9. Energy laboratory data and model directory

    Science.gov (United States)

    Lahiri, S.; Carson, J.

    1981-07-01

    Over the past several years M.I.T. faculty, staff, and students have produced a substantial body of research and analysis relating to the production, conversion,, and use of energy in domestic and international markets. Much of this research takes the form of models and associated data bases that have enduring value in policy studies (models) and in supporting related research and modeling efforts (date). For such models and data it is important to ensure that the useful life cycle does not end with the conclusion of the research project. This directory is an important step in extending the usefulness of models and data bases available at the M.I.T. Energy Laboratory. It will be updated from time to time to include new models and data bases that have been developed, or significant changes that have occurred.

  10. Energy and Development. A Modelling Approach

    International Nuclear Information System (INIS)

    Van Ruijven, B.J.

    2008-01-01

    Rapid economic growth of developing countries like India and China implies that these countries become important actors in the global energy system. Examples of this impact are the present day oil shortages and rapidly increasing emissions of greenhouse gases. Global energy models are used to explore possible future developments of the global energy system and identify policies to prevent potential problems. Such estimations of future energy use in developing countries are very uncertain. Crucial factors in the future energy use of these regions are electrification, urbanisation and income distribution, issues that are generally not included in present day global energy models. Model simulations in this thesis show that current insight in developments in low-income regions lead to a wide range of expected energy use in 2030 of the residential and transport sectors. This is mainly caused by many different model calibration options that result from the limited data availability for model development and calibration. We developed a method to identify the impact of model calibration uncertainty on future projections. We developed a new model for residential energy use in India, in collaboration with the Indian Institute of Science. Experiments with this model show that the impact of electrification and income distribution is less univocal than often assumed. The use of fuelwood, with related health risks, can decrease rapidly if the income of poor groups increases. However, there is a trade off in terms of CO2 emissions because these groups gain access to electricity and the ownership of appliances increases. Another issue is the potential role of new technologies in developing countries: will they use the opportunities of leapfrogging? We explored the potential role of hydrogen, an energy carrier that might play a central role in a sustainable energy system. We found that hydrogen only plays a role before 2050 under very optimistic assumptions. Regional energy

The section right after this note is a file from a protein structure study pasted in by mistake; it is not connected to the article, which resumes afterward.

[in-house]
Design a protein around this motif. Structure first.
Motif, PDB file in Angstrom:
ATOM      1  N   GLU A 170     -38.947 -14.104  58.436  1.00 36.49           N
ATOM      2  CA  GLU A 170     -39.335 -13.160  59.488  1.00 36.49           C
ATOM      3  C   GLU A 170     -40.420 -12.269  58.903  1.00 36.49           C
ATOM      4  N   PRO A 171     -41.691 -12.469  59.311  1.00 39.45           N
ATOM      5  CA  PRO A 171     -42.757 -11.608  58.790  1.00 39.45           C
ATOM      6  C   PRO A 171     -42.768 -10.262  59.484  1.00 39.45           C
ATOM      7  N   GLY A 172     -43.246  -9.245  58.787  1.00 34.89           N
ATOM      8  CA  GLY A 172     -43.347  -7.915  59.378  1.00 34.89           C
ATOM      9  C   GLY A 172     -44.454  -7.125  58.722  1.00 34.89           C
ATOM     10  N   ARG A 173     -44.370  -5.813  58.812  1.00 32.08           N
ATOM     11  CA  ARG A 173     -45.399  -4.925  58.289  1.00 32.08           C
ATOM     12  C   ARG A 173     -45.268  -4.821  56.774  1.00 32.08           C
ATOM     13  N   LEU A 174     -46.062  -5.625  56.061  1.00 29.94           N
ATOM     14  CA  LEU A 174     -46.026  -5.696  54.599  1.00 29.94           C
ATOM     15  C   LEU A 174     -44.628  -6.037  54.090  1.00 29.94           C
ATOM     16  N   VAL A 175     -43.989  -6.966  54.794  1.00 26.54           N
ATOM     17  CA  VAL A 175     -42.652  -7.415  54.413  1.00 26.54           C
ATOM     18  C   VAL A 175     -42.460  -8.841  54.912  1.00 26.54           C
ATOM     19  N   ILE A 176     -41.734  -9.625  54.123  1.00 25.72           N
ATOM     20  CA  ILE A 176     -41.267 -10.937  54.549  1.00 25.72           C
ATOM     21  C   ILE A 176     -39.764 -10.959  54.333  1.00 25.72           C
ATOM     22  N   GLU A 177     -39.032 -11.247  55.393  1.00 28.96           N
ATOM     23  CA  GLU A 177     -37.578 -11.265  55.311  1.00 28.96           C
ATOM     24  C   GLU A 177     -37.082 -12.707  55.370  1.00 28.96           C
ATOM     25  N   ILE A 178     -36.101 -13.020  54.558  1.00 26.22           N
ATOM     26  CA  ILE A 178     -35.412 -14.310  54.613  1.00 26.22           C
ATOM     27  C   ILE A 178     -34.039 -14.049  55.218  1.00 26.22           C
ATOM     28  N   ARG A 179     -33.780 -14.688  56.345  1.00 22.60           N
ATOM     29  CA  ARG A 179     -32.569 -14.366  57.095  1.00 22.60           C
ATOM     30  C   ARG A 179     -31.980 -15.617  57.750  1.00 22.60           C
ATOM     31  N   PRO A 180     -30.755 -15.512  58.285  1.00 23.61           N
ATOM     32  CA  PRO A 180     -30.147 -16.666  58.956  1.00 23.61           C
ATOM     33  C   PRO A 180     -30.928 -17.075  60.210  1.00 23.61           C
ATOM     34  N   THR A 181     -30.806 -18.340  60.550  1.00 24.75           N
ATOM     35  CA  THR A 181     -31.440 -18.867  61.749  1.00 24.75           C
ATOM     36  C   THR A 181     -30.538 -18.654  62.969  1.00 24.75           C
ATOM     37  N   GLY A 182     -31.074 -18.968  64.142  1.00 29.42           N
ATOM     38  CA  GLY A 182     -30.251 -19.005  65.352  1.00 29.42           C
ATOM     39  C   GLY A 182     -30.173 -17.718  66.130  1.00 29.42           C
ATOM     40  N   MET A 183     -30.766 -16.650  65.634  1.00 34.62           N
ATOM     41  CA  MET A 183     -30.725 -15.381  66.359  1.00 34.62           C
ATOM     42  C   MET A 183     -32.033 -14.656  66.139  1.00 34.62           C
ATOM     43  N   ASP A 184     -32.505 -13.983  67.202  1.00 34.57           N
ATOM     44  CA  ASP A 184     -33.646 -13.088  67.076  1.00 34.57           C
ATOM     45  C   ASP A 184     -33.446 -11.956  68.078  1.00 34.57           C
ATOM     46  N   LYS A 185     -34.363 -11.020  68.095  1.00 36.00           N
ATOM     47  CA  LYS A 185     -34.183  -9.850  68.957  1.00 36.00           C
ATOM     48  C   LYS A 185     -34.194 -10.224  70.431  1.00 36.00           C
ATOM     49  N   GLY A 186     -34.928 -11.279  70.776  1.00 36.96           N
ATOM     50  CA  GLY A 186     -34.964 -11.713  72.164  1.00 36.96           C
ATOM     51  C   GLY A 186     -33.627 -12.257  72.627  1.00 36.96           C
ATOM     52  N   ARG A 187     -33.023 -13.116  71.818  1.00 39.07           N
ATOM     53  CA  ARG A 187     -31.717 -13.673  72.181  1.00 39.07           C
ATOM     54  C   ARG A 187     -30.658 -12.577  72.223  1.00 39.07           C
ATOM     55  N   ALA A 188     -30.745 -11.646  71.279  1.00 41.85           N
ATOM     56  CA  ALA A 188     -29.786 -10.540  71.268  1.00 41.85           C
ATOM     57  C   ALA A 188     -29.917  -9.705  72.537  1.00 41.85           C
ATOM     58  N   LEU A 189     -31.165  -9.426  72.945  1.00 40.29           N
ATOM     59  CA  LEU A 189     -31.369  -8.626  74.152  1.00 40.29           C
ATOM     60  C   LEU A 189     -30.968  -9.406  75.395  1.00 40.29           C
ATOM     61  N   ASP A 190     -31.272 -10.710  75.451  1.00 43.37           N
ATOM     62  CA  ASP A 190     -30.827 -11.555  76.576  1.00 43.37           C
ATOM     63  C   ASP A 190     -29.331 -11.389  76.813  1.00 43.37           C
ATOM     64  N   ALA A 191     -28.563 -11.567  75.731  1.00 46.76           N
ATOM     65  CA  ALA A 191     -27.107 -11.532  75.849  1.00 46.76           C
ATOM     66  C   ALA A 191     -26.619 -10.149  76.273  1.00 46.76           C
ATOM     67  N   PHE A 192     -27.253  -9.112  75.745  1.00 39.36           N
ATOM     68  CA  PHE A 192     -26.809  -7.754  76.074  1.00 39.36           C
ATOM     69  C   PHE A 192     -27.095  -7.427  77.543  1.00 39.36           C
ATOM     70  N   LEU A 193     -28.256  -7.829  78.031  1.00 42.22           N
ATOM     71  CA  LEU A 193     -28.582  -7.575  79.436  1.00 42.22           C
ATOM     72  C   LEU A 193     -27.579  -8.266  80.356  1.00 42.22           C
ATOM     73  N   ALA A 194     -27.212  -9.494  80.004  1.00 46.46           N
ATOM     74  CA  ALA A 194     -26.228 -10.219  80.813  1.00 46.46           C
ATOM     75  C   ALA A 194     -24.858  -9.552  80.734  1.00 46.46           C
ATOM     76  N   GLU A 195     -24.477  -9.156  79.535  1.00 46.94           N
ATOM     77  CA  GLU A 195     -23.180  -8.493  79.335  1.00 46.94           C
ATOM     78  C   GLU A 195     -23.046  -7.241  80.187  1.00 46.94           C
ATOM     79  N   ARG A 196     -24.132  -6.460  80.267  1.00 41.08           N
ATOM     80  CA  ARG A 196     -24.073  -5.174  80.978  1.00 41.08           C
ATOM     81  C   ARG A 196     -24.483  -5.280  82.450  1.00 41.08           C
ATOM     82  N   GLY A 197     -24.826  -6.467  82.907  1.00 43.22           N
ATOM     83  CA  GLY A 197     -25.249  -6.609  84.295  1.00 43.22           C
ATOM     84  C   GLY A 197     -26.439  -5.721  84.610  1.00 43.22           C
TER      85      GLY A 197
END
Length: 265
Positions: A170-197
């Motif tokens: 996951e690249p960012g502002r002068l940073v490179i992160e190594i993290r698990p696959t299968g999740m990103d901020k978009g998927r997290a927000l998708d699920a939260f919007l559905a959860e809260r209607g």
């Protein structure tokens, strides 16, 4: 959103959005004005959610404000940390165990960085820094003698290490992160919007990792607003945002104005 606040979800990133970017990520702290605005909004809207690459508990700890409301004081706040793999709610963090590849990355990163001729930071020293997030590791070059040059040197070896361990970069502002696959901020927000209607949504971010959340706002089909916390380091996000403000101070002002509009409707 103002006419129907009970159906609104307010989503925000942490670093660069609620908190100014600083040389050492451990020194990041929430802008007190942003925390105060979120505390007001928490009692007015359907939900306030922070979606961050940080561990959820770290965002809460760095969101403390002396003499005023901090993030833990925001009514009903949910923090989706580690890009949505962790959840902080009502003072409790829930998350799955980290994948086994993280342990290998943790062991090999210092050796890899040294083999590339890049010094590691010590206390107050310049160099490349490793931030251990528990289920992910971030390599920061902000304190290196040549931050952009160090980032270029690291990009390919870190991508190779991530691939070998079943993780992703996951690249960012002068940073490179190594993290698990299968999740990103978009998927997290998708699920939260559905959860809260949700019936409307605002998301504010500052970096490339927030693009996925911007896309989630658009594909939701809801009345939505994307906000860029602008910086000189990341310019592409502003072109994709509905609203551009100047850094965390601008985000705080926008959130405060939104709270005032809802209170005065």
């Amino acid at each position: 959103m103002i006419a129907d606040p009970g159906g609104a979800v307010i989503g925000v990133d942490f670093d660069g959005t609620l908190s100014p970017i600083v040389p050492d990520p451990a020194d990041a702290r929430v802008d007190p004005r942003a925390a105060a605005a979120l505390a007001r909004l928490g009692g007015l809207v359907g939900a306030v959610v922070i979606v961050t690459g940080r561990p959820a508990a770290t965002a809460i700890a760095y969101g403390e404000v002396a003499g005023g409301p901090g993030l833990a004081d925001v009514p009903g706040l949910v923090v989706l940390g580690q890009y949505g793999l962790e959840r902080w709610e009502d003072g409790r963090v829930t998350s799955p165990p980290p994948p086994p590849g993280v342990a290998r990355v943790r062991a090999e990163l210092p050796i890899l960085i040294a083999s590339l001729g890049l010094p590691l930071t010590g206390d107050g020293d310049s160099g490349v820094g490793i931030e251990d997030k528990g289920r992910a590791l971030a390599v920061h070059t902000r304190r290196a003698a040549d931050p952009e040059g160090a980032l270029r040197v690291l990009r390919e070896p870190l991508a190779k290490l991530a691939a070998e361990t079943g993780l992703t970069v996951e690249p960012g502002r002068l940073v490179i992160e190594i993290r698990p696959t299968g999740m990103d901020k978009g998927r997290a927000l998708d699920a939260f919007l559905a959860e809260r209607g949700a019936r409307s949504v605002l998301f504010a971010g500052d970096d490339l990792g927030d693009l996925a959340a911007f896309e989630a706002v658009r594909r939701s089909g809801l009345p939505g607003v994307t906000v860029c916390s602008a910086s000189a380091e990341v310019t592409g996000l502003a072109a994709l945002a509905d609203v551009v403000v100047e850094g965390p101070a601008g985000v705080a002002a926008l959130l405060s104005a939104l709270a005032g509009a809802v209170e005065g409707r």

11. Energy and Development. A Modelling Approach

    Energy Technology Data Exchange (ETDEWEB)

    Van Ruijven, B.J.

    2008-12-17

    Rapid economic growth of developing countries like India and China implies that these countries become important actors in the global energy system. Examples of this impact are the present day oil shortages and rapidly increasing emissions of greenhouse gases. Global energy models are used to explore possible future developments of the global energy system and identify policies to prevent potential problems. Such estimations of future energy use in developing countries are very uncertain. Crucial factors in the future energy use of these regions are electrification, urbanisation and income distribution, issues that are generally not included in present day global energy models. Model simulations in this thesis show that current insight in developments in low-income regions lead to a wide range of expected energy use in 2030 of the residential and transport sectors. This is mainly caused by many different model calibration options that result from the limited data availability for model development and calibration. We developed a method to identify the impact of model calibration uncertainty on future projections. We developed a new model for residential energy use in India, in collaboration with the Indian Institute of Science. Experiments with this model show that the impact of electrification and income distribution is less univocal than often assumed. The use of fuelwood, with related health risks, can decrease rapidly if the income of poor groups increases. However, there is a trade off in terms of CO2 emissions because these groups gain access to electricity and the ownership of appliances increases. Another issue is the potential role of new technologies in developing countries: will they use the opportunities of leapfrogging? We explored the potential role of hydrogen, an energy carrier that might play a central role in a sustainable energy system. We found that hydrogen only plays a role before 2050 under very optimistic assumptions. Regional energy